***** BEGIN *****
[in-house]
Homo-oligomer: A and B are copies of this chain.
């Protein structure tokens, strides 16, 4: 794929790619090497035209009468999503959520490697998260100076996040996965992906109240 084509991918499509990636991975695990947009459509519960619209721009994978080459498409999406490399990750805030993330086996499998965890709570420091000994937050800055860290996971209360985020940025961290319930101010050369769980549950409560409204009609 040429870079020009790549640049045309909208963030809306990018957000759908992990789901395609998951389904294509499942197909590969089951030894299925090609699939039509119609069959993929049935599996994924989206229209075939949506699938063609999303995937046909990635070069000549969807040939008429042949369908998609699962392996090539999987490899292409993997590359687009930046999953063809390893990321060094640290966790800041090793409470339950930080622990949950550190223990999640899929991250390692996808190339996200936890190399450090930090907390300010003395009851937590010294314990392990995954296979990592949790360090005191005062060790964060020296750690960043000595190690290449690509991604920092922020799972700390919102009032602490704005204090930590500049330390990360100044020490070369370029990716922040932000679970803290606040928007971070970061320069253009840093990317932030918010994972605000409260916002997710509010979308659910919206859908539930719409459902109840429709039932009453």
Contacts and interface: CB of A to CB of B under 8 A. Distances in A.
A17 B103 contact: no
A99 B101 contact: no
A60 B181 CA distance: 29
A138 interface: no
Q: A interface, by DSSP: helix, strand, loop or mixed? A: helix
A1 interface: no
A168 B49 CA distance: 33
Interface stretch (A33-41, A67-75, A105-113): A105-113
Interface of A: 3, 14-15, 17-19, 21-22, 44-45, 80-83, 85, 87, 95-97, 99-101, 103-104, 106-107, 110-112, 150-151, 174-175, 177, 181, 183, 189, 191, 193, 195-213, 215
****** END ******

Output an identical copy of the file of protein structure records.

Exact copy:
[in-house]
Homo-oligomer: A and B are copies of this chain.
């Protein structure tokens, strides 16, 4: 794929790619090497035209009468999503959520490697998260100076996040996965992906109240 084509991918499509990636991975695990947009459509519960619209721009994978080459498409999406490399990750805030993330086996499998965890709570420091000994937050800055860290996971209360985020940025961290319930101010050369769980549950409560409204009609 040429870079020009790549640049045309909208963030809306990018957000759908992990789901395609998951389904294509499942197909590969089951030894299925090609699939039509119609069959993929049935599996994924989206229209075939949506699938063609999303995937046909990635070069000549969807040939008429042949369908998609699962392996090539999987490899292409993997590359687009930046999953063809390893990321060094640290966790800041090793409470339950930080622990949950550190223990999640899929991250390692996808190339996200936890190399450090930090907390300010003395009851937590010294314990392990995954296979990592949790360090005191005062060790964060020296750690960043000595190690290449690509991604920092922020799972700390919102009032602490704005204090930590500049330390990360100044020490070369370029990716922040932000679970803290606040928007971070970061320069253009840093990317932030918010994972605000409260916002997710509010979308659910919206859908539930719409459902109840429709039932009453």
Contacts and interface: CB of A to CB of B under 8 A. Distances in A.
A17 B103 contact: no
A99 B101 contact: no
A60 B181 CA distance: 29
A138 interface: no
Q: A interface, by DSSP: helix, strand, loop or mixed? A: helix
A1 interface: no
A168 B49 CA distance: 33
Interface stretch (A33-41, A67-75, A105-113): A105-113
Interface of A: 3, 14-15, 17-19, 21-22, 44-45, 80-83, 85, 87, 95-97, 99-101, 103-104, 106-107, 110-112, 150-151, 174-175, 177, 181, 183, 189, 191, 193, 195-213, 215